7.1. Extensions . . . . . . . . . . . . . . . . . . . . . . . . 29 7.1.1. Vendor-Neutral Extensions . . . . . . . . . . . . . . 30 7.1.2. Private Extensions . . . . . . . . . . . . . . . . . . 30 7.2. RAMS Request . . . . . . . . . . . . . . . . . . . . . . . 31 7.3. RAMS Information . . . . . . . . . . . . . . . . . . . . . 34 7.3.1. Response Code Definitions . . . . . . . . . . . . . . 37 7.4. RAMS Termination . . . . . . . . . . . . . . . . . . . . . 39 8. SDP Signaling . . . . . . . . . . . . . . . . . . . . . . . . 40 8.1. Definitions . . . . . . . . . . . . . . . . . . . . . . . 40 8.2. Requirements . . . . . . . . . . . . . . . . . . . . . . . 41 8.3. Example and Discussion . . . . . . . . . . . . . . . . . . 41 9. NAT Considerations . . . . . . . . . . . . . . . . . . . . . . 44 10. Security Considerations . . . . . . . . . . . . . . . . . . . 45 11. IANA Considerations . . . . . . . . . . . . . . . . . . . . . 47 11.1. Registration of SDP Attributes . . . . . . . . . . . . . . 48 11.2. Registration of SDP Attribute Values . . . . . . . . . . . 48 11.3. Registration of FMT Values . . . . . . . . . . . . . . . . 48 11.4. SFMT Values for RAMS Messages Registry . . . . . . . . . . 48 11.5. RAMS TLV Space Registry . . . . . . . . . . . . . . . . . 49 11.6. RAMS Response Code Space Registry . . . . . . . . . . . . 50 12. Contributors . . . . . . . . . . . . . . . . . . . . . . . . . 52 13. Acknowledgments . . . . . . . . . . . . . . . . . . . . . . . 52 14. References . . . . . . . . . . . . . . . . . . . . . . . . . . 52 14.1. Normative References . . . . . . . . . . . . . . . . . . . 52 14.2. Informative References . . . . . . . . . . . . . . . . . . 54 1. Introduction Most multicast flows carry a stream of inter-related data. Receivers need to acquire certain information to start processing any data sent in the multicast session. This document refers to this information as Reference Information. The Reference Information is conventionally sent periodically in the multicast session (although its content can change over time) and usually consists of items such as a description of the schema for the rest of the data, references to which data to process, encryption information including keys, and any other information required to process the data in the multicast stream [IC2009]. Real-time multicast applications require receivers to buffer data. Receivers may have to buffer data to smooth out the network jitter, to allow loss-repair methods such as Forward Error Correction and retransmission to recover the missing packets, and to satisfy the data-processing requirements of the application layer. When a receiver joins a multicast session, it has no control over what point in the flow is currently being transmitted. Sometimes the receiver might join the session right before the Reference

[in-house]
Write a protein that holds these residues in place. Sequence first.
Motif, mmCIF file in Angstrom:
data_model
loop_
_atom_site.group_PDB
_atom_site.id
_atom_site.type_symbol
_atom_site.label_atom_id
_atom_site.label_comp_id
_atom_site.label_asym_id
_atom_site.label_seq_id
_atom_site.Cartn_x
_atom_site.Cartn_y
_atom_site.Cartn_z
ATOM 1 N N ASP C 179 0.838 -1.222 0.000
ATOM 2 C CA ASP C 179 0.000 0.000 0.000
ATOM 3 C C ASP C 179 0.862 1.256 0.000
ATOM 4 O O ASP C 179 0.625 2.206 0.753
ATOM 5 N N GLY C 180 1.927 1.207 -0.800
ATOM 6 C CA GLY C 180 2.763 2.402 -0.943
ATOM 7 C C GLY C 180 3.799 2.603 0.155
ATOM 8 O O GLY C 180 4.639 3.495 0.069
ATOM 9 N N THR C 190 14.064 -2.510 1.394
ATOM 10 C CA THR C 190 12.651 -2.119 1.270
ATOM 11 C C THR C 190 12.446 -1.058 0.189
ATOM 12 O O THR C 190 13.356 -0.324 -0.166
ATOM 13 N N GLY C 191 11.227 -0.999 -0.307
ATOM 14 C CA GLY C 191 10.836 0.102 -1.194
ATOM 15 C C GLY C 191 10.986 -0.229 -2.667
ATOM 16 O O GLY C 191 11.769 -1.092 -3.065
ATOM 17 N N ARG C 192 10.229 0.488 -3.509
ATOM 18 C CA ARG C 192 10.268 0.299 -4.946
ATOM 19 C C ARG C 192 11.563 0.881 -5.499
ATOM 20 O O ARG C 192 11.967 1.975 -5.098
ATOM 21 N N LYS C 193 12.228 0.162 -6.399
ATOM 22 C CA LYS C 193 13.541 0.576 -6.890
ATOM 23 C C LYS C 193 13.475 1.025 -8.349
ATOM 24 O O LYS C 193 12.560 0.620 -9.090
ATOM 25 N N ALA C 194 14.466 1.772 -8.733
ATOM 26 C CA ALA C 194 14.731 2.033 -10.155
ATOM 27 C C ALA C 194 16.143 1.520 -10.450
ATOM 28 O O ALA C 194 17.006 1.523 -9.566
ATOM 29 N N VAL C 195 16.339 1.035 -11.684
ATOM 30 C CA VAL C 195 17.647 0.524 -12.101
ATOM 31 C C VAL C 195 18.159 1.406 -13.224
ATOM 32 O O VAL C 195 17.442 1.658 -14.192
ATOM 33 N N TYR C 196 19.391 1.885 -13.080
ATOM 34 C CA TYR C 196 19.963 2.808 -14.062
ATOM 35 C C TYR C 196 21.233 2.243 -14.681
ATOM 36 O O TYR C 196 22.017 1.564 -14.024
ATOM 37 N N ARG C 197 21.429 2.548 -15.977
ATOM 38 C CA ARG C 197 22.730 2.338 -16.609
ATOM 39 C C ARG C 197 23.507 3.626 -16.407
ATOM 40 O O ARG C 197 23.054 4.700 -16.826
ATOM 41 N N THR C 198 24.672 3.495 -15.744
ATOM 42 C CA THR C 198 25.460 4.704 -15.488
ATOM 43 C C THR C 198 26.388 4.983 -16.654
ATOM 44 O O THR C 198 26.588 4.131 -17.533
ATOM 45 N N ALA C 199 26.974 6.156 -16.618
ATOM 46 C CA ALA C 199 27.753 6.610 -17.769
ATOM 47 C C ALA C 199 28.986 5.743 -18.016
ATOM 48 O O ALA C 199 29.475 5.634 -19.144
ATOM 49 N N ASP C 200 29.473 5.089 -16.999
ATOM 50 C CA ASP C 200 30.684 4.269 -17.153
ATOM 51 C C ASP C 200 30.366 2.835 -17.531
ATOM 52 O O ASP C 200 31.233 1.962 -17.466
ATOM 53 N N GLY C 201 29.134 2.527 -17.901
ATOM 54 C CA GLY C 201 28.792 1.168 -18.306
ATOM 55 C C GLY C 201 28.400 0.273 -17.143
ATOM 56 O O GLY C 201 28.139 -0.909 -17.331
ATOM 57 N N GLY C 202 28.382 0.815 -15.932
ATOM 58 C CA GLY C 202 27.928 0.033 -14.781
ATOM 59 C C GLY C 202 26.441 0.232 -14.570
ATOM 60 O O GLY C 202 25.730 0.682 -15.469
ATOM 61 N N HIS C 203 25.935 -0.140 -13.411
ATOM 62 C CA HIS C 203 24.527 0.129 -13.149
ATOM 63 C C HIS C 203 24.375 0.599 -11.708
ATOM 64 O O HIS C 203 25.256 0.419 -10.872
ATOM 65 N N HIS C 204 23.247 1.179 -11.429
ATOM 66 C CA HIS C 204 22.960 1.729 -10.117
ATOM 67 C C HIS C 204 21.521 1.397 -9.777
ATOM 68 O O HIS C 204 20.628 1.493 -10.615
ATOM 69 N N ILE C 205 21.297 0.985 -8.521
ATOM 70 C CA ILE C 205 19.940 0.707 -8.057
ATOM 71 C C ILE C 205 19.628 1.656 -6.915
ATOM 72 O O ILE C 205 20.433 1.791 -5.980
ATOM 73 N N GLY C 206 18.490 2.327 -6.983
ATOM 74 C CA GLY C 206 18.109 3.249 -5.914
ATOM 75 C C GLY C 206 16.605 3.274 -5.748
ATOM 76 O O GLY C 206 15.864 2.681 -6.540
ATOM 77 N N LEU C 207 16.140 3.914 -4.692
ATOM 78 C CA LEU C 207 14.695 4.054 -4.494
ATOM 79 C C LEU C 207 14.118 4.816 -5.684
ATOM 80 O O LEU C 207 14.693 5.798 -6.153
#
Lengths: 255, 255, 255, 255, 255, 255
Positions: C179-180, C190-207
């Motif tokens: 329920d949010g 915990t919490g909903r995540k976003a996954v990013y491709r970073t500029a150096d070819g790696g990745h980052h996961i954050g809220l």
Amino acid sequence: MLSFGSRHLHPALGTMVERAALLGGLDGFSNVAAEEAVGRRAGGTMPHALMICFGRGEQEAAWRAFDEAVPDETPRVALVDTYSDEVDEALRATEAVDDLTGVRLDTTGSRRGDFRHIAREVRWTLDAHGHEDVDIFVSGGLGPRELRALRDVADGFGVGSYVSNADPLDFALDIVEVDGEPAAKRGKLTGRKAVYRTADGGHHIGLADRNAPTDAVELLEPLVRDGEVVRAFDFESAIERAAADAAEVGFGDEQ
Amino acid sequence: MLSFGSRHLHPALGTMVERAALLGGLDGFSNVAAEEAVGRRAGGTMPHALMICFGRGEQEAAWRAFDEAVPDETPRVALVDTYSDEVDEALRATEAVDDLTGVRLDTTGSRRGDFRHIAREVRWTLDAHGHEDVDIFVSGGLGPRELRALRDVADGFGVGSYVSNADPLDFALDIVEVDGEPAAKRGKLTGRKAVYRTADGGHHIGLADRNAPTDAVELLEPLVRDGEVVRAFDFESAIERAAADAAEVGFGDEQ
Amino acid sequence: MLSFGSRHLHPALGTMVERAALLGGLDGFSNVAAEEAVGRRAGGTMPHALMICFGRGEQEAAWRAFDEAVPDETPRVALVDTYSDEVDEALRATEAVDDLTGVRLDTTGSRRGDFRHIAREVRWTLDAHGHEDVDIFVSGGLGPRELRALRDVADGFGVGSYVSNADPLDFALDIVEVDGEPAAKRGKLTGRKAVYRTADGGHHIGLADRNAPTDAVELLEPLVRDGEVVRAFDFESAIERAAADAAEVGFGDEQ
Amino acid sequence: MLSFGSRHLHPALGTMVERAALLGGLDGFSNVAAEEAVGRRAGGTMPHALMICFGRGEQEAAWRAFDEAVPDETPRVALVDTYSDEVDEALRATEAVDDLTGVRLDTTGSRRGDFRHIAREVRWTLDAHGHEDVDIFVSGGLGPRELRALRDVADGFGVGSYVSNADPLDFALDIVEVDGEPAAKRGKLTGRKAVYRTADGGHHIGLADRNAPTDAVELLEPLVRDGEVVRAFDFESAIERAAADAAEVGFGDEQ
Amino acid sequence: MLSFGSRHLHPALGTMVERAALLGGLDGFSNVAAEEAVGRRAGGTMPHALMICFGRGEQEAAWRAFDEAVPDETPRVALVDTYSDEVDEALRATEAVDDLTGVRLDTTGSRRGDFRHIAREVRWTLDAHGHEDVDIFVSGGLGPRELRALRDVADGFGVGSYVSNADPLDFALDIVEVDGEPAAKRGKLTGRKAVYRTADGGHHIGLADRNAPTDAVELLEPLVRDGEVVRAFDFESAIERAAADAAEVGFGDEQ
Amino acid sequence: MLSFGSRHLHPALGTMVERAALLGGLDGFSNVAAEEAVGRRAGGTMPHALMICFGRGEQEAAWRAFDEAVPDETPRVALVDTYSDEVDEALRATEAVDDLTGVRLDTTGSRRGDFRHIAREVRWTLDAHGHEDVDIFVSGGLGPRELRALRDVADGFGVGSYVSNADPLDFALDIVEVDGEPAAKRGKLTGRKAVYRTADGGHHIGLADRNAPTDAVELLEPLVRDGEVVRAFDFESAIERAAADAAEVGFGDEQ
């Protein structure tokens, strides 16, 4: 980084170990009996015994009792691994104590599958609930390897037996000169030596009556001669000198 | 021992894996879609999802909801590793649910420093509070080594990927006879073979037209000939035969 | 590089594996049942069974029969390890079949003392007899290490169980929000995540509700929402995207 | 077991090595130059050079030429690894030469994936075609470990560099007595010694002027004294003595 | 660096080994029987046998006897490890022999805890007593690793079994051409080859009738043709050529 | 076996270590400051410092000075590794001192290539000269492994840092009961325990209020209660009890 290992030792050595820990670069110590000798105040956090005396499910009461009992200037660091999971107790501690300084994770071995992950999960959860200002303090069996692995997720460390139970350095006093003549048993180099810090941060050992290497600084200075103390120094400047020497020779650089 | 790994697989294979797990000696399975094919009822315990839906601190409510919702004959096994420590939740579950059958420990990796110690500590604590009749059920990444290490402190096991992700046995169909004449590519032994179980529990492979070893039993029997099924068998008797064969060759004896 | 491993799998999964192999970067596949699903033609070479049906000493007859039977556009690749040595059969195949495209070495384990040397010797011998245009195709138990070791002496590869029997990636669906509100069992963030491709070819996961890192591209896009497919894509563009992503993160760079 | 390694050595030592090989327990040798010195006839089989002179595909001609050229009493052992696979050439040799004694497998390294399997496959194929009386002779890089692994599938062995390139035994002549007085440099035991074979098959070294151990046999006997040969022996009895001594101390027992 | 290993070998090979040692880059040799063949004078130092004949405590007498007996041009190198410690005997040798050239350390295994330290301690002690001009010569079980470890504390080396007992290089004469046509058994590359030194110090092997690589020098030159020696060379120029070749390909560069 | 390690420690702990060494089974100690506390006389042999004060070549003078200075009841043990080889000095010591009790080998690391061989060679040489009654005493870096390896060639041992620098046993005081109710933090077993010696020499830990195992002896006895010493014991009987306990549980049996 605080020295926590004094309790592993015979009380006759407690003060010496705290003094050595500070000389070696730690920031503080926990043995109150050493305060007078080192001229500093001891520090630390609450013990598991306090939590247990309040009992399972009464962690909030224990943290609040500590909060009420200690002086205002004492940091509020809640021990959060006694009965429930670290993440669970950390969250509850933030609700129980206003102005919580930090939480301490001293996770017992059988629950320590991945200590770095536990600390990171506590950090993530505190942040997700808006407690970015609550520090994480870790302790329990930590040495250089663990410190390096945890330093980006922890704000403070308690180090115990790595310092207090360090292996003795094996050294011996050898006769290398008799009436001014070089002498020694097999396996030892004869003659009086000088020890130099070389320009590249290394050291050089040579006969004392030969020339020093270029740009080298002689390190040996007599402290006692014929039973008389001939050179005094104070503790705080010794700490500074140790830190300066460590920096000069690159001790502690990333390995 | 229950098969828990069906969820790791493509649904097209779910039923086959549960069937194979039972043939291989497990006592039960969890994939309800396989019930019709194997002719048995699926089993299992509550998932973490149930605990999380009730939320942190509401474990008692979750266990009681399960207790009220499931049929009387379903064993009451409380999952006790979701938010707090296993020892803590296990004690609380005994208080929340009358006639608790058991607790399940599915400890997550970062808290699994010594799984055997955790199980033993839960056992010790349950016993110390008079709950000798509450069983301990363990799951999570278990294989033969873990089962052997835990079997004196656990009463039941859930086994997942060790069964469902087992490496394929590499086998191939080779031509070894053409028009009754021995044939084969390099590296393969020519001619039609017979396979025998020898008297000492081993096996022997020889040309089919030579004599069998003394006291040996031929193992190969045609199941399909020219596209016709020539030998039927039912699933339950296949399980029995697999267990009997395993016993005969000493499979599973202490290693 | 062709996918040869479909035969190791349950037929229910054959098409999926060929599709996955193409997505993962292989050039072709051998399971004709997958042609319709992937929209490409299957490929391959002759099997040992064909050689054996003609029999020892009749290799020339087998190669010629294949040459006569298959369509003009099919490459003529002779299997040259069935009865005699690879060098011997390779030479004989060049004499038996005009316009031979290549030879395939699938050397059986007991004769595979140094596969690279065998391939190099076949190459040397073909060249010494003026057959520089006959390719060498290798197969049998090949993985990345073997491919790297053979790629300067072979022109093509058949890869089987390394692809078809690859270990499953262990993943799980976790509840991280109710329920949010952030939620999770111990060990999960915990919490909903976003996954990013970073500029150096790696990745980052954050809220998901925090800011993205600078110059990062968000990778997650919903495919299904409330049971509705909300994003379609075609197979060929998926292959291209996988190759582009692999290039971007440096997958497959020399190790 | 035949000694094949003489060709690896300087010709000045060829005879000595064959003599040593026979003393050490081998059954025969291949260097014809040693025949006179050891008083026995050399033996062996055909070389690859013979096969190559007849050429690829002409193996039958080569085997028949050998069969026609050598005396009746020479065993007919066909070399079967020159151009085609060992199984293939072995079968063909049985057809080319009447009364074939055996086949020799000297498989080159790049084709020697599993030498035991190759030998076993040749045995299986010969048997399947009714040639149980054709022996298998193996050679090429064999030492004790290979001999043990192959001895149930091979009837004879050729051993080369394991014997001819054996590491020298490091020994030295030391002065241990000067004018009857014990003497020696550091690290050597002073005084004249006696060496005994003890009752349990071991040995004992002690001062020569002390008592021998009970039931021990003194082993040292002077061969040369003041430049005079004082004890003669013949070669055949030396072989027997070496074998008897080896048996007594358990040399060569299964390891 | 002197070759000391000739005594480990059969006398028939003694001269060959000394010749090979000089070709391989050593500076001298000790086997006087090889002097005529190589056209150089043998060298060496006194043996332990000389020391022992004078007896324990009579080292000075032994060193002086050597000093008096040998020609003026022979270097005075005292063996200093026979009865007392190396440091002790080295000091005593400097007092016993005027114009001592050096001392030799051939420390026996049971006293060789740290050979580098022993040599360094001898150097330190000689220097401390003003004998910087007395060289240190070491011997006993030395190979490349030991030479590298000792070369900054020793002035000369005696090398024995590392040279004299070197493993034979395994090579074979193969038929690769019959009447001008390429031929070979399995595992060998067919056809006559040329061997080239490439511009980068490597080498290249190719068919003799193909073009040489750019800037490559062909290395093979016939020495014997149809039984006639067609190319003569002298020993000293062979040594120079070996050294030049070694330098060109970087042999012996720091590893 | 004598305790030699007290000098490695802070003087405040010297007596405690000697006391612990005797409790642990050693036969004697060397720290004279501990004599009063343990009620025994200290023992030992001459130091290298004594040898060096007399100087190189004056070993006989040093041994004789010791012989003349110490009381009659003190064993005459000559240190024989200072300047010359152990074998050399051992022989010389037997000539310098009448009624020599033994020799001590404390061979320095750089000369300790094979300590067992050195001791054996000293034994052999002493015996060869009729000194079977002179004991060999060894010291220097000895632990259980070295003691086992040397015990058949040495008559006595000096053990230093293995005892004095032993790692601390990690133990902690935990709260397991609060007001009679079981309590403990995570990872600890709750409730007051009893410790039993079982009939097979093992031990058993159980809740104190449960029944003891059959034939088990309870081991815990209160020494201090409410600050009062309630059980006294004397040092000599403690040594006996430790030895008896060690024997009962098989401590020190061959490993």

Information is sent in the session. In this case, the required waiting time is usually minimal. Other times, the receiver might join the session right after the Reference Information has been transmitted. In this case, the receiver has to wait for the Reference Information to appear again in the flow before it can start processing any multicast data. In some other cases, the Reference Information is not contiguous in the flow but dispersed over a large period, which forces the receiver to wait for the whole Reference Information to arrive before starting to process the rest of the data. The net effect of waiting for the Reference Information and waiting for various buffers to fill up is that receivers can experience significantly large delays in data processing. In this document, we refer to the difference between the time an RTP receiver wants to join the multicast session and the time the RTP receiver acquires all the necessary Reference Information as the Acquisition Delay. The acquisition delay might not be the same for different receivers; it usually varies depending on the join time, length of the Reference Information repetition (or appearance) interval, and size of the Reference Information, as well as the application and transport properties. The varying nature of the acquisition delay adversely affects the receivers that frequently switch among multicast sessions. While this problem equally applies to both any-source multicast (ASM) and source-specific multicast (SSM) applications, in this specification we address it for the SSM-based applications by describing a method that uses the fundamental tools offered by the existing RTP and RTCP protocols [RFC3550]. In this method, either the multicast source (or the distribution source in an SSM session) retains the Reference Information for a period after its transmission, or an intermediary network element (that we refer to as Retransmission Server) joins the multicast session and continuously caches the Reference Information as it is sent in the session and acts as a feedback target (see [RFC5760]) for the session. When an RTP receiver wishes to join the same multicast session, instead of simply issuing a Source Filtering Group Management Protocol (SFGMP) Join message, it sends a request to the feedback target for the session and asks for the Reference Information. The retransmission server starts a new unicast RTP (retransmission) session and sends the Reference Information to the RTP receiver over that session. If there is residual bandwidth, the retransmission server might burst the Reference Information faster than its natural rate. As soon as the receiver acquires the Reference Information, it can join the multicast session and start processing the multicast data. A simplified network diagram showing this method through an intermediary network element is depicted in Figure 1.